A testator is entitled to appoint whoever they wish to act as the executor and trustee of their Estate. Usually, the testator will appoint the same person to be both the executor and trustee; typically a family member, close friend or solicitor.
There is not much that can be done to stop an executor from undertaking their appointed role in accordance with the Will and applying for Probate. An executor usually cannot be compelled to renounce their position as executor.
An executor’s appointment may be revoked in some situations. For example, a Will is revoked in its entirety by marriage unless it is proved that the testator signed the Will in contemplation of the marriage and intended that it remain valid after that event.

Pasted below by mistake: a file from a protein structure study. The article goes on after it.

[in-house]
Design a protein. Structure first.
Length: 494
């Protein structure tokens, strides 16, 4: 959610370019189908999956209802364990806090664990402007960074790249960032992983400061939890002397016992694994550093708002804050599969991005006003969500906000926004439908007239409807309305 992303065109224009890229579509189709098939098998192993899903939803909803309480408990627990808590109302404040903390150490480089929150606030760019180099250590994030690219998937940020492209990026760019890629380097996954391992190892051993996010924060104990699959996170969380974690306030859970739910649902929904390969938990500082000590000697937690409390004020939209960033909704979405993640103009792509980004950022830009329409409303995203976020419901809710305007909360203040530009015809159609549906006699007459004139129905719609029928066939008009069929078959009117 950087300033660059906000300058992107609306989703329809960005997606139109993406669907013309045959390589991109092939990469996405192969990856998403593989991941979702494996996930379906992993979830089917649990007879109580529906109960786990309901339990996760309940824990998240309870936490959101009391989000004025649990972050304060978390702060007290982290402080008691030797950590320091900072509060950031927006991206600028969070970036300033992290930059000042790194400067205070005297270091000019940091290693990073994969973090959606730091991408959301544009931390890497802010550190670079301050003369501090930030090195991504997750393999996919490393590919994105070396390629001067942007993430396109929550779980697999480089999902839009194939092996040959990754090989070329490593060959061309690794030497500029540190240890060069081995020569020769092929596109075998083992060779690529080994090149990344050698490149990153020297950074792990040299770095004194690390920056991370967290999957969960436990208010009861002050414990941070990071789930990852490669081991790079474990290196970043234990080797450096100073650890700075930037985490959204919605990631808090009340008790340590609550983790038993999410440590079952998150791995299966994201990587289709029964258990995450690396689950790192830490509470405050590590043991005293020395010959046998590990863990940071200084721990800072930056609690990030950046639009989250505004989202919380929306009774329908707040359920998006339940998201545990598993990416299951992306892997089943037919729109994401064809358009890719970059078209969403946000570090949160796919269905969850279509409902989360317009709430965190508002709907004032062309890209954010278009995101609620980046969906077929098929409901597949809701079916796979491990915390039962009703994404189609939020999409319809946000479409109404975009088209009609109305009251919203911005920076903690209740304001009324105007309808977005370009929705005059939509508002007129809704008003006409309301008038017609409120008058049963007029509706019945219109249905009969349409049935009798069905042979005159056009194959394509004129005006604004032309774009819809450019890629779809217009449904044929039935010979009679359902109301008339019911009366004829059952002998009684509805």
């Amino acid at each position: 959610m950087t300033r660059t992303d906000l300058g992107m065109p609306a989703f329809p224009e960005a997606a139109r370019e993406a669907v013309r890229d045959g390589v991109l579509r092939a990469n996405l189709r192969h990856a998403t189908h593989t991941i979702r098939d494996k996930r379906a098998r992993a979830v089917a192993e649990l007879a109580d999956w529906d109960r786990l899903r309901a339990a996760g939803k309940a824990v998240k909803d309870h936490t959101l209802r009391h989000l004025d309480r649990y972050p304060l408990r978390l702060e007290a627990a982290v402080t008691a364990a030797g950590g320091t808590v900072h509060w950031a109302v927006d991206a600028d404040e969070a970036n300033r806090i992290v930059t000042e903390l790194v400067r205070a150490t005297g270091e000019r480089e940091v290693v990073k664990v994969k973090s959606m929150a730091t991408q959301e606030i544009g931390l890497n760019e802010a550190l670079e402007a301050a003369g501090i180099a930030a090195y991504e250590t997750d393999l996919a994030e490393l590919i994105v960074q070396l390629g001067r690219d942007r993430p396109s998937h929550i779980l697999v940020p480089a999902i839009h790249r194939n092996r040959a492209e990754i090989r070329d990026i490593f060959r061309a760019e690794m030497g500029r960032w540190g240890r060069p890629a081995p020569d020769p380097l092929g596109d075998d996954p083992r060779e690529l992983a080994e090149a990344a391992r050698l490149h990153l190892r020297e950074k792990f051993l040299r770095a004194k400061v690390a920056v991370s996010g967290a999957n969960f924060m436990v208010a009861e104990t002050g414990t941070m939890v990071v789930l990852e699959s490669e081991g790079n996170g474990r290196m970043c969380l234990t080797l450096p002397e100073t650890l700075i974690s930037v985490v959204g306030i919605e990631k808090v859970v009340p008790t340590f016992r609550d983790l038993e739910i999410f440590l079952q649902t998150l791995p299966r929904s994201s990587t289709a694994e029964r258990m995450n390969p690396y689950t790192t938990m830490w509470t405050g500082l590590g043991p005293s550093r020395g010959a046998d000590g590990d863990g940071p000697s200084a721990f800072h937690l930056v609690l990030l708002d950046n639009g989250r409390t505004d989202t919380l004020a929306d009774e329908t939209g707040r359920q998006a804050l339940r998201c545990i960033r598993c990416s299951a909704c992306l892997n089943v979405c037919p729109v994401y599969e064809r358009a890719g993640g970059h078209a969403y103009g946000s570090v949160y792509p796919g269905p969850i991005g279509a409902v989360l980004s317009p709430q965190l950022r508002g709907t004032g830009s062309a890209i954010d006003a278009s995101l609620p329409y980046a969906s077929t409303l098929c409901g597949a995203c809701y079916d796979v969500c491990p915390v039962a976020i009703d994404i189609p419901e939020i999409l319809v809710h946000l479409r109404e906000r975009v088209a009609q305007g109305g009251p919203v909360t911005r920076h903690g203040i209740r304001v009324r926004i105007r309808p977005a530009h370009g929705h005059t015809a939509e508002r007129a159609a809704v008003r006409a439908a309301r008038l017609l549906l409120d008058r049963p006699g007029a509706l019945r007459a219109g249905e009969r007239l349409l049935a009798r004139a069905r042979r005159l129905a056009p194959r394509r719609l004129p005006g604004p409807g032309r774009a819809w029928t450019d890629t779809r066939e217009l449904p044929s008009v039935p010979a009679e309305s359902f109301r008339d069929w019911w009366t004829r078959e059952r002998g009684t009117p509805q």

Divorce, however, will not invalidate the entire Will but only any references to the testator’s former spouse. The law treats the former spouse as if he/she had predeceased the testator at the time that they were legally divorced. This means that the former spouse will not be permitted to act as executor even if the testator did not change his/her Will after the divorce. In this situation, the second appointed executor in the Will, if there is one, or the next of kin will be entitled to apply for probate.